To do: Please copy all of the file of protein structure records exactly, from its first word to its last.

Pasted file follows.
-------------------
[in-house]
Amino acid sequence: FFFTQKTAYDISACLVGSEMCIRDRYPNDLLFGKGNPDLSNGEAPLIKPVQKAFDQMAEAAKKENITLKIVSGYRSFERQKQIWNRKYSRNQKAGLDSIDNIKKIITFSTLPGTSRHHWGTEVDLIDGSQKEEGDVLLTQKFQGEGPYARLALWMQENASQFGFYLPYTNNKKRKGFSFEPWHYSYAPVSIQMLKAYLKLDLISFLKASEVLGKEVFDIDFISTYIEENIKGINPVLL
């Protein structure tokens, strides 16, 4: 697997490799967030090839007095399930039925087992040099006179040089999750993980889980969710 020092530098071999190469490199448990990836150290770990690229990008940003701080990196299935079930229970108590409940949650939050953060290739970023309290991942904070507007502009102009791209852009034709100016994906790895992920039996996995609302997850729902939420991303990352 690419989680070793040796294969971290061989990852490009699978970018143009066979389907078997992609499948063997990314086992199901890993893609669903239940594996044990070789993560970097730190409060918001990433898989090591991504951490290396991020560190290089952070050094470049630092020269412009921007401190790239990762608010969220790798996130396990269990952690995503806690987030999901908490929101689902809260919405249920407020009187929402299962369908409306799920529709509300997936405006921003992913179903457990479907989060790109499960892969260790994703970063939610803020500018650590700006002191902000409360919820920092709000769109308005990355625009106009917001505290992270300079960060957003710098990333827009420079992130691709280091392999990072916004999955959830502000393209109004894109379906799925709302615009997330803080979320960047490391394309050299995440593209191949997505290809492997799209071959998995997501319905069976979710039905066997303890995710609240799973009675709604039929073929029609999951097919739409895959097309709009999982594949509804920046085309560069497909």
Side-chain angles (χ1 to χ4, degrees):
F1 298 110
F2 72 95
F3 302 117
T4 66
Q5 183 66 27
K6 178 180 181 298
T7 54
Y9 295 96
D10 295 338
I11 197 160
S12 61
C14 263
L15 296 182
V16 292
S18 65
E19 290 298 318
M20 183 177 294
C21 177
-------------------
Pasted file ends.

[in-house]
Amino acid sequence: FFFTQKTAYDISACLVGSEMCIRDRYPNDLLFGKGNPDLSNGEAPLIKPVQKAFDQMAEAAKKENITLKIVSGYRSFERQKQIWNRKYSRNQKAGLDSIDNIKKIITFSTLPGTSRHHWGTEVDLIDGSQKEEGDVLLTQKFQGEGPYARLALWMQENASQFGFYLPYTNNKKRKGFSFEPWHYSYAPVSIQMLKAYLKLDLISFLKASEVLGKEVFDIDFISTYIEENIKGINPVLL
């Protein structure tokens, strides 16, 4: 697997490799967030090839007095399930039925087992040099006179040089999750993980889980969710 020092530098071999190469490199448990990836150290770990690229990008940003701080990196299935079930229970108590409940949650939050953060290739970023309290991942904070507007502009102009791209852009034709100016994906790895992920039996996995609302997850729902939420991303990352 690419989680070793040796294969971290061989990852490009699978970018143009066979389907078997992609499948063997990314086992199901890993893609669903239940594996044990070789993560970097730190409060918001990433898989090591991504951490290396991020560190290089952070050094470049630092020269412009921007401190790239990762608010969220790798996130396990269990952690995503806690987030999901908490929101689902809260919405249920407020009187929402299962369908409306799920529709509300997936405006921003992913179903457990479907989060790109499960892969260790994703970063939610803020500018650590700006002191902000409360919820920092709000769109308005990355625009106009917001505290992270300079960060957003710098990333827009420079992130691709280091392999990072916004999955959830502000393209109004894109379906799925709302615009997330803080979320960047490391394309050299995440593209191949997505290809492997799209071959998995997501319905069976979710039905066997303890995710609240799973009675709604039929073929029609999951097919739409895959097309709009999982594949509804920046085309560069497909």
Side-chain angles (χ1 to χ4, degrees):
F1 298 110
F2 72 95
F3 302 117
T4 66
Q5 183 66 27
K6 178 180 181 298
T7 54
Y9 295 96
D10 295 338
I11 197 160
S12 61
C14 263
L15 296 182
V16 292
S18 65
E19 290 298 318
M20 183 177 294
C21 177